I have been familiar with reading scripts for a some time now and started my bash scripting after watching Hackersploit’s playlist. But I could never understand properly why we use a shebang at the top of scripts. Thanks to Heath Adams he explained it in a video from one of his courses which I was watching yesterday.
I know its a funny word but it is what it is lol.
Following is a very basic python program which i will use here.
Using shebang is not mandatory and depends on how we run the program. There are two ways we can execute this python file from CLI, one requires use of shebang and the other does not.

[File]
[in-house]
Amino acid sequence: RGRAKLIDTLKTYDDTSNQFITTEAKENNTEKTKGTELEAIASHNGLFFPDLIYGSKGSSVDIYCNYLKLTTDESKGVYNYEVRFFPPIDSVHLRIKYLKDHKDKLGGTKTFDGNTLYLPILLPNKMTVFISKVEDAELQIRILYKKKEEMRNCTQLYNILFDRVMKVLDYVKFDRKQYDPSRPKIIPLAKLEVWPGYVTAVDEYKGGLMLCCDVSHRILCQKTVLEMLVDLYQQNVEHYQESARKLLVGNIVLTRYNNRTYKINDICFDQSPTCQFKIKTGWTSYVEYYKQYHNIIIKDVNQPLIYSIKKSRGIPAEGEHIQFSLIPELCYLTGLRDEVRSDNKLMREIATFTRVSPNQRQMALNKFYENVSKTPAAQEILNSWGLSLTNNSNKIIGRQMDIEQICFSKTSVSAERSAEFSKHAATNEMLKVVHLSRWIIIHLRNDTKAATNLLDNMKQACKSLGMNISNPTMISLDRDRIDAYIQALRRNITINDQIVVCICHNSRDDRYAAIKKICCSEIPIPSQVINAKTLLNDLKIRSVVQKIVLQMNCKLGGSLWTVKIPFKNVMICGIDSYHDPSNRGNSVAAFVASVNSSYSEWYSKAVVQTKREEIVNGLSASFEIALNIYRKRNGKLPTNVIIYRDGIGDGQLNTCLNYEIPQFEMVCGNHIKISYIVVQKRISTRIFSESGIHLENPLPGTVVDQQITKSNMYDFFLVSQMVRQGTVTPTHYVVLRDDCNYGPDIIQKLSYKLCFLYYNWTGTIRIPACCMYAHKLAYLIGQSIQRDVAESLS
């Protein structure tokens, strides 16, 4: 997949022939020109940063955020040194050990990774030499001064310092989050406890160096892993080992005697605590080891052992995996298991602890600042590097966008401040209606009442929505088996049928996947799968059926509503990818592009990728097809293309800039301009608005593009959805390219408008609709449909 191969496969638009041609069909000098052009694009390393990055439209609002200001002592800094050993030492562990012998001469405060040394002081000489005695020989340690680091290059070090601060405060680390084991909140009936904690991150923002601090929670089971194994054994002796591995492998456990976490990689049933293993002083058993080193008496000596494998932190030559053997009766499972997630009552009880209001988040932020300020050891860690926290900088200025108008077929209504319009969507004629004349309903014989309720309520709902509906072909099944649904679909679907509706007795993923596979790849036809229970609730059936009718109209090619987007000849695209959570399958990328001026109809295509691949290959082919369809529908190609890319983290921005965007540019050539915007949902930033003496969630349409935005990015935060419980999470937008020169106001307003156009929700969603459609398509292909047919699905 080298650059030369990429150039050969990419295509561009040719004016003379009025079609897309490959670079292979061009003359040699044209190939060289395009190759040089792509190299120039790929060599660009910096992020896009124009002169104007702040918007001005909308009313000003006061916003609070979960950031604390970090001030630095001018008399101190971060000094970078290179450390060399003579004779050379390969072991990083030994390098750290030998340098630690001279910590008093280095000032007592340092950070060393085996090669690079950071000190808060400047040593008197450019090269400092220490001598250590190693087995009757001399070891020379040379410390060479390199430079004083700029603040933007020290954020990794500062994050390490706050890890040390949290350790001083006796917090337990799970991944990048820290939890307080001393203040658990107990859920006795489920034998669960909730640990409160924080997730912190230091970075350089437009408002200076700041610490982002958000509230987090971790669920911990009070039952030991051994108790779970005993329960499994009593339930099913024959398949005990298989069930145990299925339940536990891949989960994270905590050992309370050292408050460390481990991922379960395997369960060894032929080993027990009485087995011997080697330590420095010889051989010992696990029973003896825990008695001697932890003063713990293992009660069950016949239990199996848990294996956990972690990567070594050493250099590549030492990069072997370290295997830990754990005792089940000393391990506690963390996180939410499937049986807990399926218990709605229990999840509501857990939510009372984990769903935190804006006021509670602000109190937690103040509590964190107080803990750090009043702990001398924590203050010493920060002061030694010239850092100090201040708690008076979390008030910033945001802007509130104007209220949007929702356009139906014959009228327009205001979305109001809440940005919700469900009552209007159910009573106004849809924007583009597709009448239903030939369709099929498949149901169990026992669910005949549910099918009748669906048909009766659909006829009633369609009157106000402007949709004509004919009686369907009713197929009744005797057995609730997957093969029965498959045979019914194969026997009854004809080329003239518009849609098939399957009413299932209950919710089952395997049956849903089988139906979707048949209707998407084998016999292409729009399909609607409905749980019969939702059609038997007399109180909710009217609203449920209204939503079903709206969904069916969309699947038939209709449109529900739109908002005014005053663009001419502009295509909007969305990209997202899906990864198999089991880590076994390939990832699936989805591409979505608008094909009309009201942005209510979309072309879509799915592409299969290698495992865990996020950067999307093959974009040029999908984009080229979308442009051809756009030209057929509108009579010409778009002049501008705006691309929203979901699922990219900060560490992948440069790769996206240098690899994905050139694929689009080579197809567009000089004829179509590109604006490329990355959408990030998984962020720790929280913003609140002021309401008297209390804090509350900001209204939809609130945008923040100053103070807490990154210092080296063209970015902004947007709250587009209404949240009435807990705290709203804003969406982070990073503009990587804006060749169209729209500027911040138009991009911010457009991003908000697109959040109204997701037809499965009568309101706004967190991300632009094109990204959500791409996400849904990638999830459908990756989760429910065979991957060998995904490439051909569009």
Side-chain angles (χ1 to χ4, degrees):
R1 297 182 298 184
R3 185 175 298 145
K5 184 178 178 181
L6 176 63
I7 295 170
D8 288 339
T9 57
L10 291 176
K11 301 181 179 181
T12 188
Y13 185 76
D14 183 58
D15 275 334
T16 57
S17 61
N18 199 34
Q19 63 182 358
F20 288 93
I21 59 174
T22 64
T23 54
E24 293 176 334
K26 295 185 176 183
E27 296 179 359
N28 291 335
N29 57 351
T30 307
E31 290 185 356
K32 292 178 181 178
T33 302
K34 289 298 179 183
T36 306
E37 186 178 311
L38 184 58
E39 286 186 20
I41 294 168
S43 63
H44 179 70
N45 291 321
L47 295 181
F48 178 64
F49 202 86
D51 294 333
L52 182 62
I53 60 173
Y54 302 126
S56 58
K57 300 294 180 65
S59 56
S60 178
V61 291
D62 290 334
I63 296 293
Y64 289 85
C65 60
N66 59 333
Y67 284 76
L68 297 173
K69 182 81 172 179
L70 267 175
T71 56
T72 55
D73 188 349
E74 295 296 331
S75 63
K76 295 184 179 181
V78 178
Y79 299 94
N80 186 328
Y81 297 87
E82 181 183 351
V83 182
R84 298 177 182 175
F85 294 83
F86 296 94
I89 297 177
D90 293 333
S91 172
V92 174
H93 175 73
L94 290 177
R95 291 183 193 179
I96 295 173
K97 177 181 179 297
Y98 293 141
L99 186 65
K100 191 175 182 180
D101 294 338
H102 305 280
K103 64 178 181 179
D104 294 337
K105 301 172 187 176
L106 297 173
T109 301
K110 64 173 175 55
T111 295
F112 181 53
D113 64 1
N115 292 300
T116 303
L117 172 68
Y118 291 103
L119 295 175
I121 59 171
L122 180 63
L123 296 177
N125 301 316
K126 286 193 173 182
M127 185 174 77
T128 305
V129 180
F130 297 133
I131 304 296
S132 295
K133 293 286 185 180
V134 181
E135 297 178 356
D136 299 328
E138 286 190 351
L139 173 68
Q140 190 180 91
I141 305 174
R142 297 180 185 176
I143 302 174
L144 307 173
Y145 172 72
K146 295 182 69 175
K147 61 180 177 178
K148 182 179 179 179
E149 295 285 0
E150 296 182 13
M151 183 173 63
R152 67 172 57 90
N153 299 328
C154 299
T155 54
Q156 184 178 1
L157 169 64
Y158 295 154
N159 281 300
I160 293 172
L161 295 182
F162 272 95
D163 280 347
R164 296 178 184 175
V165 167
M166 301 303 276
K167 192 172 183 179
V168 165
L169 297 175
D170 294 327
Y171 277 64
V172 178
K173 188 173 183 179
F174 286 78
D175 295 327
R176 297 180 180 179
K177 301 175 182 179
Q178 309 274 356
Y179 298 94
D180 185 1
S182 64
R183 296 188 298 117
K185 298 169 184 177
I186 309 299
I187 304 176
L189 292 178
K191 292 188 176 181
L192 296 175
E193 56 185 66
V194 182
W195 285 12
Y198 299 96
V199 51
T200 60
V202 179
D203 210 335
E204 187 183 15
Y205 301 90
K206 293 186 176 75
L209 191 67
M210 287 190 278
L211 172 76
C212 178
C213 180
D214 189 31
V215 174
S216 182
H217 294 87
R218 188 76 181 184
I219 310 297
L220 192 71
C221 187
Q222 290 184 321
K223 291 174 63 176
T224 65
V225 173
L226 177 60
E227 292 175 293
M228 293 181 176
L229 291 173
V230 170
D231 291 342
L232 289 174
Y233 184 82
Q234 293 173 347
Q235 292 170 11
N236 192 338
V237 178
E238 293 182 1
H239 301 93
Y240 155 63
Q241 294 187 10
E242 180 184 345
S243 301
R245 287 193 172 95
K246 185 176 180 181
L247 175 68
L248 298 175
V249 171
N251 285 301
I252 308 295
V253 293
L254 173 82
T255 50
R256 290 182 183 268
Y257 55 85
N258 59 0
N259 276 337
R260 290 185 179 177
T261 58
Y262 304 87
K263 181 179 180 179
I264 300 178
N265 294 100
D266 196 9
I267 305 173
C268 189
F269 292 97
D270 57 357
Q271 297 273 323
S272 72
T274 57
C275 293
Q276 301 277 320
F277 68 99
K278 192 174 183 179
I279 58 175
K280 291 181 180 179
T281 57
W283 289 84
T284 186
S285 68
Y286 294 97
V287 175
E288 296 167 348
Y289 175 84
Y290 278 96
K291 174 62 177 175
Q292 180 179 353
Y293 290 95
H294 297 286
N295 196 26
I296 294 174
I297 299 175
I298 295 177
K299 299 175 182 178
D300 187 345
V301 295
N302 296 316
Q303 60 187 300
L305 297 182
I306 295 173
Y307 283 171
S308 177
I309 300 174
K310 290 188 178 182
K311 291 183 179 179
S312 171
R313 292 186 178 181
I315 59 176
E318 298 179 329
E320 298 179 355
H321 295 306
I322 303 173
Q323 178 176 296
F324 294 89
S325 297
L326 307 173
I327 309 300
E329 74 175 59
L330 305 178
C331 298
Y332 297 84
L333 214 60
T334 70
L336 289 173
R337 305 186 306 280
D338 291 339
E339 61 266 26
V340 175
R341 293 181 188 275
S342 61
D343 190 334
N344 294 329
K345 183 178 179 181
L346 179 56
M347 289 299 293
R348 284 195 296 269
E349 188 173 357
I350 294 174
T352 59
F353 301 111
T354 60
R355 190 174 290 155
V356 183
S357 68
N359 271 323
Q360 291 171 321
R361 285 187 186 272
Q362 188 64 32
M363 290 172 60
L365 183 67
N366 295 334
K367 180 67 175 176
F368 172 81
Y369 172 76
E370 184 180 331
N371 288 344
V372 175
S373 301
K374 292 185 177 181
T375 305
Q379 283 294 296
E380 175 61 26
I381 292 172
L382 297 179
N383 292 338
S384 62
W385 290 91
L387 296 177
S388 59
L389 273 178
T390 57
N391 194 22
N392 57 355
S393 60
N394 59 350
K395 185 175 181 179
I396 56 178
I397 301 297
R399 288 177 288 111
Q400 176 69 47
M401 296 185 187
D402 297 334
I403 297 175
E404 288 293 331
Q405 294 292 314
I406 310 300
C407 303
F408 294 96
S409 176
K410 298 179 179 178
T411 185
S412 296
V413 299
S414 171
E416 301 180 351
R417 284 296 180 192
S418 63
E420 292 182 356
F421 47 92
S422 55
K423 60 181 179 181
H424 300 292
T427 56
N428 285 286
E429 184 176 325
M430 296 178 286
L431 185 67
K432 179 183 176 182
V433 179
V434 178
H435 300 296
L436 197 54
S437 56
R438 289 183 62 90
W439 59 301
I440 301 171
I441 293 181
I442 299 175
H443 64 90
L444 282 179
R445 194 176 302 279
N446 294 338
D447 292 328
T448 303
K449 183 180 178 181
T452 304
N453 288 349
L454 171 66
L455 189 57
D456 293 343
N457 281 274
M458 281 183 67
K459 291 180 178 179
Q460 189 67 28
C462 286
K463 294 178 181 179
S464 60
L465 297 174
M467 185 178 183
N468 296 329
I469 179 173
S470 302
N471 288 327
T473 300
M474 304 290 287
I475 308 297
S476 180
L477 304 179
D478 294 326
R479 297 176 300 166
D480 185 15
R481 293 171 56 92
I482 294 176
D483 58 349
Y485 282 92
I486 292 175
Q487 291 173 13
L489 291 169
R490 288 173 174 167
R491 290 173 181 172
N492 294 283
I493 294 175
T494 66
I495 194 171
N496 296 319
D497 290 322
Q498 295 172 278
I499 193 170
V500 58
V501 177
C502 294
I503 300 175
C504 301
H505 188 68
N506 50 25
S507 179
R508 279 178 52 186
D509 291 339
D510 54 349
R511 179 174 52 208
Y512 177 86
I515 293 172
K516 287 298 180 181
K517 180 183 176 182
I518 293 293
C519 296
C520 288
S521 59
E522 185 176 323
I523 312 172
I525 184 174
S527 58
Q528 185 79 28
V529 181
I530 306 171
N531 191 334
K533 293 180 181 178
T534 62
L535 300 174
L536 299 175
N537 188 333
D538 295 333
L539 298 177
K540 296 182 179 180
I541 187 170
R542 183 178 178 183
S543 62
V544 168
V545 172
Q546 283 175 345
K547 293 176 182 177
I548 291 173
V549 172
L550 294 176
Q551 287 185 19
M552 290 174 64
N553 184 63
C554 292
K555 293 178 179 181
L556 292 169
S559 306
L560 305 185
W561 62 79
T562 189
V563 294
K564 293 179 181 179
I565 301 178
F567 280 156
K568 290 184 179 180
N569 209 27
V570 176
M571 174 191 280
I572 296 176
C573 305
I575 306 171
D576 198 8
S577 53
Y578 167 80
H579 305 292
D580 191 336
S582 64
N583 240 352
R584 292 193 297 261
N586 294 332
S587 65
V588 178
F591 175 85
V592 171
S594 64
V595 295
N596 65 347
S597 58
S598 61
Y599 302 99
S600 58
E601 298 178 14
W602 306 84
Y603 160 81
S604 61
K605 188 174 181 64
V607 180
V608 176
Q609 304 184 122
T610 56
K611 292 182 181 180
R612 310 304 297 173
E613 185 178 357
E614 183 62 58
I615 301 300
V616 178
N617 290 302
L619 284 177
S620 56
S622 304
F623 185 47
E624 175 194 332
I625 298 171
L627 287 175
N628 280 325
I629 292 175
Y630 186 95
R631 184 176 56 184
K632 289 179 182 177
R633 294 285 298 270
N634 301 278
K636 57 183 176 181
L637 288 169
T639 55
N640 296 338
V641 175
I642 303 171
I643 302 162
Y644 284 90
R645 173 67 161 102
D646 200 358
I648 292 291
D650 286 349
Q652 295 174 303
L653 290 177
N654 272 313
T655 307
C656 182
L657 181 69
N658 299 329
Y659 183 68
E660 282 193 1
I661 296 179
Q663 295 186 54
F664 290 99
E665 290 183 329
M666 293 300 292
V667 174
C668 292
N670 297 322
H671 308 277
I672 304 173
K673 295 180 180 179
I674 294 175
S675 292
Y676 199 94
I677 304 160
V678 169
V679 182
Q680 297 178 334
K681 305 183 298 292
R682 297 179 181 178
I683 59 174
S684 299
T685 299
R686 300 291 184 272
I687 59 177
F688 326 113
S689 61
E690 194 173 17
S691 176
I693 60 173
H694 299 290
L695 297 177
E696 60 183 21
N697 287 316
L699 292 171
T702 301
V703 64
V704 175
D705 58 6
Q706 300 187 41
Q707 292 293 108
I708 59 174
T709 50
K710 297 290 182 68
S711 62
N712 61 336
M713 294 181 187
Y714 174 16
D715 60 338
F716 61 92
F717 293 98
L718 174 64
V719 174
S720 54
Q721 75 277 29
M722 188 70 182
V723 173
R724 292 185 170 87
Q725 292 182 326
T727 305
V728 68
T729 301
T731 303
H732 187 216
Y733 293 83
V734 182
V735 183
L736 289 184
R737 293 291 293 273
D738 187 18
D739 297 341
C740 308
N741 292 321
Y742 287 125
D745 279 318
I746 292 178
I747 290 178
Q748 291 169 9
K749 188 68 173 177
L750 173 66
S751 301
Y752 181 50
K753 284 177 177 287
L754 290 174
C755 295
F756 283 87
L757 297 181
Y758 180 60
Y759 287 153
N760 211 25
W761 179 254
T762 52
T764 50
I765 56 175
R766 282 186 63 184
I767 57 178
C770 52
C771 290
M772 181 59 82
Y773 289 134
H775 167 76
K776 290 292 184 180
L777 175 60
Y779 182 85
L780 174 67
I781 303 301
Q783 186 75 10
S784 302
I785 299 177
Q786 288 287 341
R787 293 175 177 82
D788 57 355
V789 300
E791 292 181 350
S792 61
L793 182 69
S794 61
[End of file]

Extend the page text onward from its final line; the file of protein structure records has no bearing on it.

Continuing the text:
First way — requires shebang
First we make the file executable and then execute it using prefix ./ without explicitly mentioning the use of ‘python’ like we will do in second method. Since we do not mention what interpreter to use, shebang tells that this program will run using a specific interpreter (which is python here).
Second way — does not requires a shebang
In this, we explicitly mention the ‘python’ interpreter to be used to run myscript.py. This method would work even if we do not use the shebang.
Hope you learned something useful :)